What specific skills, experience or networks do you think you could bring to the table in order to help us move forward on our goals? 
This question makes very clear that you expect something unique and specific from this prospective board member (just as you do with all of your board members), not just a warm body. But more importantly, this question helps you gauge how well this board member understands your work and your plans and how willing they are to get in the game. This question can also help to get the right board member really excited about how their unique contribution right from the start.

How do you think you might go about meeting our give/get requirement?
I know it’s controversial (and I’ve talked about it manymany times before), but I strongly believe that you have to connect every single board member to the financial engine of your nonprofit. If you have a specific give/get requirement for your board (and I hope you do!), then you want to know from the outset how this prospective board member feels about it, and how they might approach it.

If we are going to create strong, effective, sustainable nonprofit organizations, we have to stop begging board members to join. A great board is created when you recruit people who have the specific skills, experience and networks you need to deliver on your mission and you effectively engage them to do the work.

If you want to learn more about creating an effective, engaged board, download the “10 Traits of a Groundbreaking Board” book.

Photo Credit: Ethan

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3 Questions To Regularly Ask Your Development Director

Beyond the mistakes nonprofit leaders often make in staffing their fundraising function, the relationship itself between a nonprofit executive director and the development director (or whatever you call the staff person in charge of bringing money in the door) can often be fraught.

In an ideal world, the executive director and development director have a symbiotic relationship: the development director creates the overall annual financial strategy and regularly updates the executive director on where the organization is on achieving that plan, while the executive director works with higher level money prospects and marshals the board to achieve their fundraising responsibilities.

But we don’t always live in an ideal world. And sometimes, as was the case in a recent coaching session I had with a client, an executive director is in the dark about how the organization is progressing on their money raising efforts.

If that is the case in your nonprofit, here are some key questions to ask your head money raiser:

  1. How does the money we’ve brought in to date compare along each revenue line goal? 
    When you create an annual financing plan for your nonprofit (and if you don’t, get on it), you know how much of each type of revenue (individuals, foundations, corporations, government, and/or earned income) you want to come in this year. Then, at any point during the year (and at the very least monthly) you should be asking your chief money raiser, what the organization has actually raised to date for each of those categories. For example, if you are 25% through your fiscal year, but you’ve only raised 5% of your individual revenue goal for the year, that may be a red flag. At the very least it’s cause for conversation with your development director. Perhaps it’s a timing issue (you have a big fundraising campaign closer to the end of the year), and that’s fine. But as the nonprofit leader, you should be able to ask (and get a clear answer to) where the organization’s revenue raising efforts are at any point in time.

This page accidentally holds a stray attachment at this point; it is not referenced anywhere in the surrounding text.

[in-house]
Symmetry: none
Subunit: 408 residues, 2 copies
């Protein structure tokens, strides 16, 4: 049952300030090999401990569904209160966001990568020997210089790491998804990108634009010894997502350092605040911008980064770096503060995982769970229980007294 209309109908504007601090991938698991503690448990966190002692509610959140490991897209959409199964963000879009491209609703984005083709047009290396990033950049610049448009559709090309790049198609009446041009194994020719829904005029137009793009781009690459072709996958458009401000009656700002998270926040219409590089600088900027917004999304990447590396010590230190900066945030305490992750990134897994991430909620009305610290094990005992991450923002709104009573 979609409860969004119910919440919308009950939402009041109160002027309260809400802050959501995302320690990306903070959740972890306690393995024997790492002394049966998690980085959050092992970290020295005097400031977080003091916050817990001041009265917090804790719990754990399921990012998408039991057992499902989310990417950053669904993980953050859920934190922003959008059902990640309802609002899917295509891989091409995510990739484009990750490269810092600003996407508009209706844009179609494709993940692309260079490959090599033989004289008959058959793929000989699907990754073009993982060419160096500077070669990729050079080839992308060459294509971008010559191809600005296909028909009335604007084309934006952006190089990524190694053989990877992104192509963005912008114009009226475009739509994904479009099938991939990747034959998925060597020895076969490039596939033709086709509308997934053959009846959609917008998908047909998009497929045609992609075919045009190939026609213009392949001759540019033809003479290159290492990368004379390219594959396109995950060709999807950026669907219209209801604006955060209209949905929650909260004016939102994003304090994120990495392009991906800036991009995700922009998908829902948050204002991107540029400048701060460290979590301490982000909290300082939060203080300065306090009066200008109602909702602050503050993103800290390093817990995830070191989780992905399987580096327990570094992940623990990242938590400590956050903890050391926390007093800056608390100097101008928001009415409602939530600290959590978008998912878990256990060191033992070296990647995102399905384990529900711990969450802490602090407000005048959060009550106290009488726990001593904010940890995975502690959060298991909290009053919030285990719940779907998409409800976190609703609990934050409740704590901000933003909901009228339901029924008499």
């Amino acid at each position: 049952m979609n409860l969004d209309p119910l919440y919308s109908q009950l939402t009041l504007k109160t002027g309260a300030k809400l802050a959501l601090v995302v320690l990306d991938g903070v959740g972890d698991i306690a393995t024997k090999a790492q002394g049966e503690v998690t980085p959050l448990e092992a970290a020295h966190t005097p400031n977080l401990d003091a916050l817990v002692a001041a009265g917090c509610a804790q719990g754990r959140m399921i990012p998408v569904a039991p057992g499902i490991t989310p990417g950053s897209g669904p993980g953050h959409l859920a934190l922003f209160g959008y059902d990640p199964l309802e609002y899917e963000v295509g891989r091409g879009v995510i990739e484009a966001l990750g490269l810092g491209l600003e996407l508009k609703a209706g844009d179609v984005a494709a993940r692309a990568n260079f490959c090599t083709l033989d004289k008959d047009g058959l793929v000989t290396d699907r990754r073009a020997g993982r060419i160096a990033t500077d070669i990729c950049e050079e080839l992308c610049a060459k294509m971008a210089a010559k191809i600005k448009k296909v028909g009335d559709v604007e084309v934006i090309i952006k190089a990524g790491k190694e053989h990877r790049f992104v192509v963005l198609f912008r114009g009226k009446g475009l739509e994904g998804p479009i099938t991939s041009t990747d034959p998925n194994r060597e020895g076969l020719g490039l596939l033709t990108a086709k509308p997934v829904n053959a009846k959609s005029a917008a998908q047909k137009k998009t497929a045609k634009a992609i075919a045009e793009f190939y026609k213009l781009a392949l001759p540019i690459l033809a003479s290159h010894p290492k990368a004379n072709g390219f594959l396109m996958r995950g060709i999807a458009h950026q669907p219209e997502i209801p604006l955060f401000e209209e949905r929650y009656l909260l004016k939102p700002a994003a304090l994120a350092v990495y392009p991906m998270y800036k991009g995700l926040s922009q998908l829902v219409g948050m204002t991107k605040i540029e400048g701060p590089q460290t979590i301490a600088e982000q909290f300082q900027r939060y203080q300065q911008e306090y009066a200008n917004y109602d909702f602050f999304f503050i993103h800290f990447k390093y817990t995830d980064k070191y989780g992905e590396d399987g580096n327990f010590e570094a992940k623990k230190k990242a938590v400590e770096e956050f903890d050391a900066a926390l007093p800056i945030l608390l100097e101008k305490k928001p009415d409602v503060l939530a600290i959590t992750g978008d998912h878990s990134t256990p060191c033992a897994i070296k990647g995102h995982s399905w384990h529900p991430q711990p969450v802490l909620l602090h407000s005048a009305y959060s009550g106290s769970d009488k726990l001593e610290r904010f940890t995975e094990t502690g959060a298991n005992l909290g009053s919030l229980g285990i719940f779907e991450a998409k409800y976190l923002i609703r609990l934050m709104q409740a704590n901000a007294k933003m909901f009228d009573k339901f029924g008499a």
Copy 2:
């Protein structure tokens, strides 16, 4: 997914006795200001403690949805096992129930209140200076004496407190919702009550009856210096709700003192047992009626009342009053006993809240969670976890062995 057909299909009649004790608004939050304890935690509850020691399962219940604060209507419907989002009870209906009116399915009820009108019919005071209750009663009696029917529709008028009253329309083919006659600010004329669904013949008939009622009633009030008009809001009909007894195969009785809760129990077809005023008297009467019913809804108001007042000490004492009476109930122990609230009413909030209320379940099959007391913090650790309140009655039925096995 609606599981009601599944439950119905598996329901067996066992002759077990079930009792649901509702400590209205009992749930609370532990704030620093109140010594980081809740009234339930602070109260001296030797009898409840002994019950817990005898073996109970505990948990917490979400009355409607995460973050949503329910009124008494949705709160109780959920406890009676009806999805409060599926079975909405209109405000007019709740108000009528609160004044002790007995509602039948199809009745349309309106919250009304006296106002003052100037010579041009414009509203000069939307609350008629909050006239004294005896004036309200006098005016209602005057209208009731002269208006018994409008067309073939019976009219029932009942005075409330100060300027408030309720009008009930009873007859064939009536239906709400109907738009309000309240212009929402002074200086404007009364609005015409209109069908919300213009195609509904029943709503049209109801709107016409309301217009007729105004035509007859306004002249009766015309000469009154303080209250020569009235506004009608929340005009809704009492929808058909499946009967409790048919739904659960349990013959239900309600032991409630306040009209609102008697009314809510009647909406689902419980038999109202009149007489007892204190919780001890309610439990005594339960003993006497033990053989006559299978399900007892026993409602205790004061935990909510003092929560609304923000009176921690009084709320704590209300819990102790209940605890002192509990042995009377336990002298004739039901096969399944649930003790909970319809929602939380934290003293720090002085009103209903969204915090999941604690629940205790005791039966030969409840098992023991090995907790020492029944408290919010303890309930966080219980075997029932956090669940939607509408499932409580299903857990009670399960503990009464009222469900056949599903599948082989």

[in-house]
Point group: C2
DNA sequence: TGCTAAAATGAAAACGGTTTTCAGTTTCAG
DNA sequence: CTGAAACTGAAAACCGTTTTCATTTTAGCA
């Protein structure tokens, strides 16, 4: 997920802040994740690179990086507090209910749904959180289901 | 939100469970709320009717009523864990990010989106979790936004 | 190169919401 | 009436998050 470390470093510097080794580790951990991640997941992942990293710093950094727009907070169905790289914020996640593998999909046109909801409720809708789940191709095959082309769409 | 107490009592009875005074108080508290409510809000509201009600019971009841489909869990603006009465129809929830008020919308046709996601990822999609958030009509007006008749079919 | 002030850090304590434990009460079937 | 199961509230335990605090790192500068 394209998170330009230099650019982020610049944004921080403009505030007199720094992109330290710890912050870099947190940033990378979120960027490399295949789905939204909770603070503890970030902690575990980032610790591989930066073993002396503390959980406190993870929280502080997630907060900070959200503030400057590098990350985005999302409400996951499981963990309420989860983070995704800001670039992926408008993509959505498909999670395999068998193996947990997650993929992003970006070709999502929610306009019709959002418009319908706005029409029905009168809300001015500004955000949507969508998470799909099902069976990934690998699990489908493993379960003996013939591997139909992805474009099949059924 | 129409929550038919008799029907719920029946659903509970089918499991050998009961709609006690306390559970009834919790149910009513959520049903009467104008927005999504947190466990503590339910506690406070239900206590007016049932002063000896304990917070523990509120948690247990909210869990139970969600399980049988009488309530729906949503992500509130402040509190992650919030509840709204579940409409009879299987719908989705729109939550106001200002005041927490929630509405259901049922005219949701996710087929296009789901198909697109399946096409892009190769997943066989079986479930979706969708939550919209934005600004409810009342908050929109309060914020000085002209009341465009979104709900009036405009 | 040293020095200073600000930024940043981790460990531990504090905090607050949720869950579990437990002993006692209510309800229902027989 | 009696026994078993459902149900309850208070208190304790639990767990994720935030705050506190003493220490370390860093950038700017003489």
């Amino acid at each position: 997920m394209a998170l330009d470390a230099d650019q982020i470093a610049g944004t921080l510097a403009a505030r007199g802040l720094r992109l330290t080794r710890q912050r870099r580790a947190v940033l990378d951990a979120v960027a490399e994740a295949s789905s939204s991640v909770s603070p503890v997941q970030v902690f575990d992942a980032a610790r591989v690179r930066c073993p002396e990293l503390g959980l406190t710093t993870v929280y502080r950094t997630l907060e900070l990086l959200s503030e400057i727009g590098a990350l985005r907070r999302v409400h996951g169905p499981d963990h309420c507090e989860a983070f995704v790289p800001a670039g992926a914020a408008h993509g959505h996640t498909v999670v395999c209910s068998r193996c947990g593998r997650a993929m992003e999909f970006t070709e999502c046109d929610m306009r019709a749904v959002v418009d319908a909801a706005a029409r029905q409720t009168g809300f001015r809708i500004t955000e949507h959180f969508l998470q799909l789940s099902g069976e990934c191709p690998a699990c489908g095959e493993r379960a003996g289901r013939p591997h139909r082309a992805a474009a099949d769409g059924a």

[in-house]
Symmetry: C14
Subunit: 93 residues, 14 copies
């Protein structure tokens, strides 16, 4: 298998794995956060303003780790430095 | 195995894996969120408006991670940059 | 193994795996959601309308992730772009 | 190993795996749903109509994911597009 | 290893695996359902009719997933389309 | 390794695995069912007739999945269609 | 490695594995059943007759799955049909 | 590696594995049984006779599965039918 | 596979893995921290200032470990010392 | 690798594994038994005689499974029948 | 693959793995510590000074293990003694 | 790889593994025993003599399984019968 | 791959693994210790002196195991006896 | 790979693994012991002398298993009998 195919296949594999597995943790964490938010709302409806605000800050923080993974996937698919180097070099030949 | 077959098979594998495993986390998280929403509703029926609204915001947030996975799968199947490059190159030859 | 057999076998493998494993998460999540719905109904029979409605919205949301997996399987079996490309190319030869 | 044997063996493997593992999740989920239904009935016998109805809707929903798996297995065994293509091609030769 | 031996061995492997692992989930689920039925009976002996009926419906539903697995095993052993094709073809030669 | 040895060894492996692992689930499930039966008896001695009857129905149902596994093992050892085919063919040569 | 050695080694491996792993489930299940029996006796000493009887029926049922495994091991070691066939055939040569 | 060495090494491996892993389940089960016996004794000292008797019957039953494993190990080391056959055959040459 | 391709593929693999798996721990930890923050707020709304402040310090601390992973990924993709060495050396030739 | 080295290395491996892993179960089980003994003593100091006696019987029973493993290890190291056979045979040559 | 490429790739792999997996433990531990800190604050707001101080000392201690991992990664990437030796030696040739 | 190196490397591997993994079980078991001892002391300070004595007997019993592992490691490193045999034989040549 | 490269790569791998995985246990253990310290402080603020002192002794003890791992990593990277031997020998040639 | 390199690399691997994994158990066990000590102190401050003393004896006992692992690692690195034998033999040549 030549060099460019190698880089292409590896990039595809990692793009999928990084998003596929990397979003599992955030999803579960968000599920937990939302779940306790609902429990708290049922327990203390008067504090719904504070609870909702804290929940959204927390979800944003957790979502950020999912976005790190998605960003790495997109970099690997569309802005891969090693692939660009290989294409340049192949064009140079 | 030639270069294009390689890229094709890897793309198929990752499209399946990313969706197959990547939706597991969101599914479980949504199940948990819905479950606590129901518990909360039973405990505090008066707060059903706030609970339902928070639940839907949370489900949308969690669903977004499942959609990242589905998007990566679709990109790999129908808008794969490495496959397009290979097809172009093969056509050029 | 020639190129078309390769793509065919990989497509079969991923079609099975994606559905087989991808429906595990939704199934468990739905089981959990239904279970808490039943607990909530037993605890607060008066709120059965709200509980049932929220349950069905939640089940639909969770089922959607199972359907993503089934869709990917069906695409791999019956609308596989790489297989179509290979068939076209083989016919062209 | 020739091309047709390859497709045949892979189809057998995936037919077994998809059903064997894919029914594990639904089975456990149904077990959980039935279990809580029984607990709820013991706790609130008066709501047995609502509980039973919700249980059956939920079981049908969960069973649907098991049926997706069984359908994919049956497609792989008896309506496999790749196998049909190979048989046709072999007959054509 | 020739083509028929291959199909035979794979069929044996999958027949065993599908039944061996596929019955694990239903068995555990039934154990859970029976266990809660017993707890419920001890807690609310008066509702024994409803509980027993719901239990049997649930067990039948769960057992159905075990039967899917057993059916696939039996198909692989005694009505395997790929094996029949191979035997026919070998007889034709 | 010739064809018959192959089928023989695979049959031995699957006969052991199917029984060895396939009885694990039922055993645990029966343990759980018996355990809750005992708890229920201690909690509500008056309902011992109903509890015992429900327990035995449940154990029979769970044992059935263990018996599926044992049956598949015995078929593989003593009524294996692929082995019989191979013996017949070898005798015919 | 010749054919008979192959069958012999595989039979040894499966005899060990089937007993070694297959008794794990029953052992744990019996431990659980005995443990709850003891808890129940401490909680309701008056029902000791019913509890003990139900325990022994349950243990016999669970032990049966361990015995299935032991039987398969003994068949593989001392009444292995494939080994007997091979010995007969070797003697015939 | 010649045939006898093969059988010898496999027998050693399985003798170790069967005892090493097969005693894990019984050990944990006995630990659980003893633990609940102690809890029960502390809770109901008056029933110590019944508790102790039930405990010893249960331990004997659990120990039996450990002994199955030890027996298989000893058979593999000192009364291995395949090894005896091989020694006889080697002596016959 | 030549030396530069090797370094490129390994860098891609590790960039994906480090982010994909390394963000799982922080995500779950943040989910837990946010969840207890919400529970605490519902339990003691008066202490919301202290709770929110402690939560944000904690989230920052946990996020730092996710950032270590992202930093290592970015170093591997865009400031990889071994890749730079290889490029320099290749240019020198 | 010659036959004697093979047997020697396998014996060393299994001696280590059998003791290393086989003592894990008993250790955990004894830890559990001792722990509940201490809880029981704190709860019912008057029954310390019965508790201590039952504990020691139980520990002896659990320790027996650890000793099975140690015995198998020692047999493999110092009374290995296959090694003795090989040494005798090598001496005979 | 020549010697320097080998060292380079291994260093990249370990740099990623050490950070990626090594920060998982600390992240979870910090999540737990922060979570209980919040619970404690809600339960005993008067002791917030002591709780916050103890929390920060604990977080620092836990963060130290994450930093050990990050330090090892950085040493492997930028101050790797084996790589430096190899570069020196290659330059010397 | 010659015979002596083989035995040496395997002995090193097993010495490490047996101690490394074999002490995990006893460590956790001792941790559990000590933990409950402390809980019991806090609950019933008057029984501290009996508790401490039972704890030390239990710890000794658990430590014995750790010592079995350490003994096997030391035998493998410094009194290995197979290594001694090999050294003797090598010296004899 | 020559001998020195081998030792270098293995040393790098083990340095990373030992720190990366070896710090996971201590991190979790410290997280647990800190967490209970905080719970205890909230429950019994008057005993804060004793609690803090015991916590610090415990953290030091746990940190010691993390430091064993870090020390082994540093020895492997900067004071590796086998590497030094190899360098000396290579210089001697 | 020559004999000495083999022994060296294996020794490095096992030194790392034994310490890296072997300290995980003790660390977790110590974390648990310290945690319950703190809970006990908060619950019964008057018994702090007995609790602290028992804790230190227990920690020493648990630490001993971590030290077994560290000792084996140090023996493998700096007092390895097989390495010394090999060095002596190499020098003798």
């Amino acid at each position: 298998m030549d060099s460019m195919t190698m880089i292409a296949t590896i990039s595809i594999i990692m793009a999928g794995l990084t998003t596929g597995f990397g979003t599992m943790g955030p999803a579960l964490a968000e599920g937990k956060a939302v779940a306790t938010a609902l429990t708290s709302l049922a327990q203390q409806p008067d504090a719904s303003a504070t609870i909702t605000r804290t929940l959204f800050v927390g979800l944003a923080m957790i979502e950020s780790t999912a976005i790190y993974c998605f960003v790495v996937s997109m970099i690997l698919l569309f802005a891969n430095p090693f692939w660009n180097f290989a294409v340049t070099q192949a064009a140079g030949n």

2. How do the numbers and types of gifts we projected compare to what’s actually happening? 
    It’s not enough for a money raiser to have an overall revenue goal for each type of revenue, he also needs to break each of those revenue types down into the number and level of contributed gifts (from individuals), grants (from foundations), or contracts (from government), etc. that will contribute to each revenue line’s overall goal. For example, if your nonprofit has a $250,000 individual donor revenue goal, your development director needs to break that down into the various levels of donors that will make up that $250,000 over the course of the year. You may have both major (one-to-one relationships) and smaller (many-to-one relationships) individual donors. He should project how many donors at each level he will need to hit each part of the individual donor goal. Then he can report to you (again, on at least a monthly basis) how that is progressing. A simple example of such a report (he would fill in the pink areas prior to each update) might look like this:
    And he should create a similar report for the other revenue lines (corporations, government, foundations, etc.) that your nonprofit pursues. The actuals will never completely match what you projected, but this exercise gives you a way to uncover and deal with surprises as they come.

  3. What keeps you up at night?
    Finally, the raw data is not enough. You also want to understand where your development director sees real problems. When you regularly ask this question she may reveal that the board  is not opening enough doors, or her database is inadequate, or the website is not where it needs to be, or her grantwriter needs more help. Then you can strategize together how to overcome those hurdles.

A regular, honest, and data-driven conversation between executive director and development director is the best route to fewer money surprises. And without it, a nonprofit has little hope of achieving financial sustainability .